This issue of the relevance of corporate websites matters, because increasingly, customers are making decisions about products long before they get to the corporate website. It makes more and more sense to follow these conversations in social networks as often this is where the highest value content will be. Valuable content is linked to influencers and dynamic conversations that naturally evolve in online social spaces. This content influences purchasing behavior and helps to form brand impressions and build brand loyalty. It is unwise to ignore it, as this is where brands, market dominance and leadership positions are increasingly being built. Remember that the whole point of localization or transcreation is to enhance and drive international business initiatives.

So while one definition of higher value is the extent of transformation during the translation process, I think the more important driver is the value of the content per se. My view of some of  the emerging high value content:
  • Conversations that are trusted by potential customers at various stages of the purchase process (e.g. Amazon, C-Net, Orbitz, Travelocity etc.)
  • Conversations and content that help build customer loyalty (this could include support and reseller community content as well)
  • Articulate and unfiltered opinions and reviews on the customer experience (Amazon, Orbitz, Expedia etc..)
  • Leading Bloggers who influence and help form brand impressions
  • Content that is co-created with customers that often facilitates comparison with competitors
  • Content that encourages collaboration with customers and key partners (e.g. Dell IdeaStorm)
So what is necessary to be a translation partner to an enterprise who is focused on this higher value content? These are new and still emerging customer requirements and to some extent really quite undefined, but here is a list that could provide some initial definition and possibly leverage:
  • Understanding of social network platforms (Facebook, Twitter, Blogs, etc..)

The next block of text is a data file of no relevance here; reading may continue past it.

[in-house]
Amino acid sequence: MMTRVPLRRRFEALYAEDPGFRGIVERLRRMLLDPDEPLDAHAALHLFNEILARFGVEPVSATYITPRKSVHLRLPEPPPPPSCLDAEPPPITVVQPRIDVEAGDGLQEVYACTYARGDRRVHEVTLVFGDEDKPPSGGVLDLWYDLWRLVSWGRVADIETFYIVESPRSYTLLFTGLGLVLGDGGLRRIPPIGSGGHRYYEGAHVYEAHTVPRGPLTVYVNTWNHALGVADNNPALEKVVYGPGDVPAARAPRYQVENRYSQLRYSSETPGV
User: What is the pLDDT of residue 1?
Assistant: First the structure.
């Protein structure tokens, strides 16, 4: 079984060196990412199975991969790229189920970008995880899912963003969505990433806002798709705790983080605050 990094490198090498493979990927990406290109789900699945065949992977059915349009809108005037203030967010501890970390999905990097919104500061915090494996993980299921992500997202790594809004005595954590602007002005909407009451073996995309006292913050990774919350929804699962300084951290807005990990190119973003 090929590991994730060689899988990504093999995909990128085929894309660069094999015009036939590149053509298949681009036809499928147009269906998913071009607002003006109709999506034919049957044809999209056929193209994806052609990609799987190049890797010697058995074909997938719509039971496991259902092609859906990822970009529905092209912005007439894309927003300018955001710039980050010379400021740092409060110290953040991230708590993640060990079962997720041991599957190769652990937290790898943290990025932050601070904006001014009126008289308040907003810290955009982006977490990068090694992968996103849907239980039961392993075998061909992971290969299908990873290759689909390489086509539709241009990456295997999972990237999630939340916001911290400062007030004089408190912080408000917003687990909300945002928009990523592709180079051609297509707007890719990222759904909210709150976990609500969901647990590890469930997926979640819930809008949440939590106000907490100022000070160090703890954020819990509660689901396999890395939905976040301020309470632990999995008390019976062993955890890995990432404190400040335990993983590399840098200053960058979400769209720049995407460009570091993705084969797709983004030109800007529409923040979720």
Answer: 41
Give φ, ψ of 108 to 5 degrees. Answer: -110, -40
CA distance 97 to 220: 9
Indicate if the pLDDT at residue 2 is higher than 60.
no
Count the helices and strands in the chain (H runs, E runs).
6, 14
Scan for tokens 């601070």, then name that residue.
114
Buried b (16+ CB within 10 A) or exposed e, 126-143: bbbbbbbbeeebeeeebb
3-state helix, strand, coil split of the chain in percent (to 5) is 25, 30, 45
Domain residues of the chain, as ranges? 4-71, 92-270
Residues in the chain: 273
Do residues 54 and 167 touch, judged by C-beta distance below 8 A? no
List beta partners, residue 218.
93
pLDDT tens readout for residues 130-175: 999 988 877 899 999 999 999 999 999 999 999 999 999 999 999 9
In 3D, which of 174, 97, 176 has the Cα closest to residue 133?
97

• An understanding of the linguistic characteristics of the new “high-value” content
  • An understanding of MT and other automation tools to enable rapid low-cost solutions to be delivered to meet changing needs
  • Strong MT customization and post-editing skills so that high-value content can be quickly translated and good translation solutions developed 
  • The ability to rapidly turnaround the translation of high value content to impact active ongoing conversations
  • Rapid linguistic quality assessment skills to drive automated tools
  • Growing foundation of linguistic assets that go beyond traditional localization content TM and glossaries
I see that leading edge practitioners in professional translation will increasingly help customers solve linguistic problems around making high-value content multilingual as rapidly and cost-effectively as possible. The skills needed, go beyond what most localization projects require, as we head into a world where the amount of content/traffic on the web is expected to double every 2 years.

So what do you think? Does this make sense or would you also prefer to focus on the transcreation of “really honest advertising” like Gordon who gives you his view here?


  1. Kirti --

    I think you are on to something with your focus on value. In my opinion, the best way to think about value is to think about how the translated content is going to be used and how it contributed to value generation in that usage. Among other things, this moves the discussion completely away from things like "quality" or even "transcreation". For instance, I would like the Boeing maintenance manuals to be translated pretty carefully and literally without thew kind of loose equivalence implied by the "adapting" portion of the CSA definition of transcreation.

    I do see some real benefit in introducing a term like transcreation, however. People may not understand exactly what it is, but the connotation of "creative activity" is valuable. The real problem here is that many people think they know what "translation" means (in this context), but they are wrong(or at least incomplete) ... and that contributes to the commodity mentality surrounding the industry.

    Just my two cents.

  2. I think you know my opinion on 'transcreation' (has it been toppled as the word du jour by vuvuzela yet?)...

    Back on topic of high value content, I would not overlook the obvious - there is a huge market for legacy source content be it in desktop or enterprise applications, their customizations, websites, and so on, presenting an opportunity. A lot of this content cannot be externalized easily, but should be translated and maintained.

    And then, of course, there's the small scale, nice, or even long tail translation- or localization - opportunities, as I mentioned on Blogos. Some of these have huge potential: